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In Vivo Tissue-Level Thresholds for Spinal Cord Injury

[+] Author Affiliations
Jason Maikos, Ragi Elias, Zhen Qian, Dimitris Metaxas, David Shreiber

Rutgers, The State University, Piscataway, NJ

Paper No. SBC2007-176670, pp. 421-422; 2 pages
doi:10.1115/SBC2007-176670
From:
  • ASME 2007 Summer Bioengineering Conference
  • ASME 2007 Summer Bioengineering Conference
  • Keystone, Colorado, USA, June 20–24, 2007
  • Conference Sponsors: Bioengineering Division
  • ISBN: 0-7918-4798-5
  • Copyright © 2007 by ASME

abstract

Traumatic loading conditions, such as those experienced during car accidents or falls, can lead to spinal cord injury (SCI), resulting in permanent functional damage [1]. A better understanding of the biomechanical causes of SCI and knowledge of the tolerance of spinal cord tissue to mechanical loading is critical in understanding how mechanisms of injury lead to neurologic deficits, as well as designing methods to prevent SCI. Finite element analysis (FEA) has become an important and cost effective tool to investigate the biomechanics of trauma. FEA has been used to study a variety of biomechanical analyses of trauma, including brain injury and spine injury biomechanics, but there have been limited analyses on spinal cord injury (SCI) [2–5]. In fact, despite the prevalence of small animal models in the neuroscience community used to study SCI, there have been no published analyses of in vivo models of SCI.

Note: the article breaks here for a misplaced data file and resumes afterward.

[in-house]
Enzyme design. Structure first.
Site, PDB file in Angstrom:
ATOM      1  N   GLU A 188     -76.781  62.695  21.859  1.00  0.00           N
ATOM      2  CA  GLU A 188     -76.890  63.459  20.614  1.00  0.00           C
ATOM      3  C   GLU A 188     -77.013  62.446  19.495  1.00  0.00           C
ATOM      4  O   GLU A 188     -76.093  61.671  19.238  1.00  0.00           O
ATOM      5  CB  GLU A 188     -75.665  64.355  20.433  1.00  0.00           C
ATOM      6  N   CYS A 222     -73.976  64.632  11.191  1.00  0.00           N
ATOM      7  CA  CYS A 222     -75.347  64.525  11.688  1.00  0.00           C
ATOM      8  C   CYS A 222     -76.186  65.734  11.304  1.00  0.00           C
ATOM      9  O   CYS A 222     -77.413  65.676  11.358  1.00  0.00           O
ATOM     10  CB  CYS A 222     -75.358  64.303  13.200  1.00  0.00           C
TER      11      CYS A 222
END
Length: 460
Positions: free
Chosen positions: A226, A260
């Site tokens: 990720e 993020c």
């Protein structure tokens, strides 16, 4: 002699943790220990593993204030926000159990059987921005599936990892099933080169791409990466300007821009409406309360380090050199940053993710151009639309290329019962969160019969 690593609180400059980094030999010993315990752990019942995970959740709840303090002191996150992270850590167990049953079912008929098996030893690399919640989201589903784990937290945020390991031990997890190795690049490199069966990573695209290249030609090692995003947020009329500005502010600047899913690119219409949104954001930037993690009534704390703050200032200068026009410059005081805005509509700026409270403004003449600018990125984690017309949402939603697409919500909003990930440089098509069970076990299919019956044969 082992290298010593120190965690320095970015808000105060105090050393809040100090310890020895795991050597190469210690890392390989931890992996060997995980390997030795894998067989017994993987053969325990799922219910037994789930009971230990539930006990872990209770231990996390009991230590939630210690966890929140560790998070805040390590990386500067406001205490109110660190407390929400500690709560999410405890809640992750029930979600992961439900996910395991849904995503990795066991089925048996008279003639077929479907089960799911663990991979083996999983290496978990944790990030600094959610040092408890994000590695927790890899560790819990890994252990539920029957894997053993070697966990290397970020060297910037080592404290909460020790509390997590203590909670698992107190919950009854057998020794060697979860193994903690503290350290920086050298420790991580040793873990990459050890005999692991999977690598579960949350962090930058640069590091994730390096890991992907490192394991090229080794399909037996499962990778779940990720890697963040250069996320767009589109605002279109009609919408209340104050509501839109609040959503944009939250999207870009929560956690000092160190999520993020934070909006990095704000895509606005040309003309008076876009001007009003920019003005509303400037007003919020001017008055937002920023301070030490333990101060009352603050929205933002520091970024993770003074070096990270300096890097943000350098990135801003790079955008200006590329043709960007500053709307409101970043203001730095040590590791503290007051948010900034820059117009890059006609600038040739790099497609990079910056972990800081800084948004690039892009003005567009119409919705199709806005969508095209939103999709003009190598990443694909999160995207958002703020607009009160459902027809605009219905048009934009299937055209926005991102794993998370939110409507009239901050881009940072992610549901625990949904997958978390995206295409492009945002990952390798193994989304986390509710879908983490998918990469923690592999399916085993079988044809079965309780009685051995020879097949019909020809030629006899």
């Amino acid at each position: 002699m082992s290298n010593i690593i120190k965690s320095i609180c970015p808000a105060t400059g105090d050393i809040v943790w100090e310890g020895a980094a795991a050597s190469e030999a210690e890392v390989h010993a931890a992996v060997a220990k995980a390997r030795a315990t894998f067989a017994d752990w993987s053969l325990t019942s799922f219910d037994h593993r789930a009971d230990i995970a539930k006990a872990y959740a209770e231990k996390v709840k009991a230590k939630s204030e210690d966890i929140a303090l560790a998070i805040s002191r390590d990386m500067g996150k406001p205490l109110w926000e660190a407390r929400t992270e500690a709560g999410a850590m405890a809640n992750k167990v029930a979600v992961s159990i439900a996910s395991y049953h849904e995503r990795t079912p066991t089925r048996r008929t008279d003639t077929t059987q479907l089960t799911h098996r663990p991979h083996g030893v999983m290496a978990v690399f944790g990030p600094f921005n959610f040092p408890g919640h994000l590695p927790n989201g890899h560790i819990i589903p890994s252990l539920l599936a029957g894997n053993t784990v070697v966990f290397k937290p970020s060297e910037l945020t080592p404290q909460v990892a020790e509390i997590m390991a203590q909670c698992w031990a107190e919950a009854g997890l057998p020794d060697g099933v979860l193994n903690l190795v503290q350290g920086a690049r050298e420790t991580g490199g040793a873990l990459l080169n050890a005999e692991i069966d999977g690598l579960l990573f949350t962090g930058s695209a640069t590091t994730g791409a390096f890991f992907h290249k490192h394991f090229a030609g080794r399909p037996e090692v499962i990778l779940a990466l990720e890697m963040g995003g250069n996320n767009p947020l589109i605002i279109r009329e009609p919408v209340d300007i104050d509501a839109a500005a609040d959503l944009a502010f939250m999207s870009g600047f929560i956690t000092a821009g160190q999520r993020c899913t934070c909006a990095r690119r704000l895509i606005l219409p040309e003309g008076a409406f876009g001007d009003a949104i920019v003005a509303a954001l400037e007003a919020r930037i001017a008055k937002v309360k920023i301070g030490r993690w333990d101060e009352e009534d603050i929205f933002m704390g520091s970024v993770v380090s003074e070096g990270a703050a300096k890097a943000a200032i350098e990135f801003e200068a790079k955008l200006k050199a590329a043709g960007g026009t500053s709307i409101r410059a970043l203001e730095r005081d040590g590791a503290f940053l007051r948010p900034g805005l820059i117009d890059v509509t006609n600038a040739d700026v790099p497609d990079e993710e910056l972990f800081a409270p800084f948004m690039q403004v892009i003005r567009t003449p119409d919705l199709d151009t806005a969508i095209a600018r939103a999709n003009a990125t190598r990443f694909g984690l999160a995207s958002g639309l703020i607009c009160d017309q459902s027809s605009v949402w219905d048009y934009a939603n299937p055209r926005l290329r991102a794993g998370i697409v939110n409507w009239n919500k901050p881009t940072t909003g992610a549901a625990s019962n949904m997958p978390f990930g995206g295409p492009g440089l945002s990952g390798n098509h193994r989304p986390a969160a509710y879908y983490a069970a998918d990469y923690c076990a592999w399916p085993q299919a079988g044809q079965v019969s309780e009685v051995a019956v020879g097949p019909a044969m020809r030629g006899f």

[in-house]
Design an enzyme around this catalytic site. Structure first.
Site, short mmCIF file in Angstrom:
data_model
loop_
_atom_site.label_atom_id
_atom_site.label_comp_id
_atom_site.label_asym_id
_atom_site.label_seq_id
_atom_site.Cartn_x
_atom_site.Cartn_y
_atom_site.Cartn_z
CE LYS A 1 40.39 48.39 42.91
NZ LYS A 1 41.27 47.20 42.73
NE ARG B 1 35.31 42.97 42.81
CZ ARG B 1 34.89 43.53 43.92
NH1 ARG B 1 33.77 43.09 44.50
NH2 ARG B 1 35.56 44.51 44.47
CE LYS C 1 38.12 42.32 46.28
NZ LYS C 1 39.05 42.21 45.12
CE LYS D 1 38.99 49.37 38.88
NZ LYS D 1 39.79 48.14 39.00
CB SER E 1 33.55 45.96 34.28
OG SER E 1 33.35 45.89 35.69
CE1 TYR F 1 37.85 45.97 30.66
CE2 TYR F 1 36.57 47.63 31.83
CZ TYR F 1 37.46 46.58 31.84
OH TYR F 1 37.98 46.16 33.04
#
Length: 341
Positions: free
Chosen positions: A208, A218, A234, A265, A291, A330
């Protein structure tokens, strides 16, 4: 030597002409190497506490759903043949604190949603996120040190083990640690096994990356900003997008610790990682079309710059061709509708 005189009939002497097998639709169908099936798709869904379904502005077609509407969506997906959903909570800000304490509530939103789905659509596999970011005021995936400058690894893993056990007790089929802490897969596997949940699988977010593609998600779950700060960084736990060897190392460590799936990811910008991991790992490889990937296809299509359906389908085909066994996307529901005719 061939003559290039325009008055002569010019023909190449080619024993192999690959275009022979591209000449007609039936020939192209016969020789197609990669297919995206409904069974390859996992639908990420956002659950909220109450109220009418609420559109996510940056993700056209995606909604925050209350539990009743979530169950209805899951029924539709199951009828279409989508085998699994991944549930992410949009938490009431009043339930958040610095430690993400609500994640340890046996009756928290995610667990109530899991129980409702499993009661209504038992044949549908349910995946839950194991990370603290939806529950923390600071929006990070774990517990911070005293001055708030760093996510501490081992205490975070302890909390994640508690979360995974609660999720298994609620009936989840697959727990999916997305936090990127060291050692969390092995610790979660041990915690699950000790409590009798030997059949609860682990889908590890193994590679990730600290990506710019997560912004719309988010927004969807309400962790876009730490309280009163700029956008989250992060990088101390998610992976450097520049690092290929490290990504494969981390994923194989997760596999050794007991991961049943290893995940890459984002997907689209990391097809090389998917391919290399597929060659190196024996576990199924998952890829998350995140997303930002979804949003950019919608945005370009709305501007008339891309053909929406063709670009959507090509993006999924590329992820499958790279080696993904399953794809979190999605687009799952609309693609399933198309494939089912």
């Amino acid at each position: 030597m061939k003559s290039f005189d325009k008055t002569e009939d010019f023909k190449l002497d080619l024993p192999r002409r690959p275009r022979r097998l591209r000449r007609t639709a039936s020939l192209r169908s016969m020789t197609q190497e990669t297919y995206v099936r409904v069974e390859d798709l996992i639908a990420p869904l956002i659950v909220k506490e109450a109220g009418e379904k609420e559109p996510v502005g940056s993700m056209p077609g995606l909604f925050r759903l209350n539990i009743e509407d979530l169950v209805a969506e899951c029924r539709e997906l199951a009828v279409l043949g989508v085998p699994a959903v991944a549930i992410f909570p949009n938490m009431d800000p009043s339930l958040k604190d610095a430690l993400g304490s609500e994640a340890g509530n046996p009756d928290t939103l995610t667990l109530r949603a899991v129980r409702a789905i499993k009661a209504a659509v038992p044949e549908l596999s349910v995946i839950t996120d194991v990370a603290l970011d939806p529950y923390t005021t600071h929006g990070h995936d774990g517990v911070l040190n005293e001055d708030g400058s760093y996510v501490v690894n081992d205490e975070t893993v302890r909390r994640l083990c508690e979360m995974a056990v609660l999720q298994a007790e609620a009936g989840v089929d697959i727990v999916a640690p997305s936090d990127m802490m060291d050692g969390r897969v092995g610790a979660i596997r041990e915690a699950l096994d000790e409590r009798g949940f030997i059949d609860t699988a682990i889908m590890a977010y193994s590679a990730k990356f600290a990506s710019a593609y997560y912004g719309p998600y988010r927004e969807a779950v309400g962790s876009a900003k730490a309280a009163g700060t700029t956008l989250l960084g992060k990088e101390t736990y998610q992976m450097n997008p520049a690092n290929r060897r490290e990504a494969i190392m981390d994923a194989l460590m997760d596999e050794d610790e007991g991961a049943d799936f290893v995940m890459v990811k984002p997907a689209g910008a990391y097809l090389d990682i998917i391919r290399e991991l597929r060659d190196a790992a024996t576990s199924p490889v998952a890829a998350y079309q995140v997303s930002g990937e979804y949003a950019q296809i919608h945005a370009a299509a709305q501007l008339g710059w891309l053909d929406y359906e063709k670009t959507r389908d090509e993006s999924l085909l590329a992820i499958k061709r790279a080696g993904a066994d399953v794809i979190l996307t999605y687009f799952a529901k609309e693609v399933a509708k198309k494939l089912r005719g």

Copyright © 2007 by ASME

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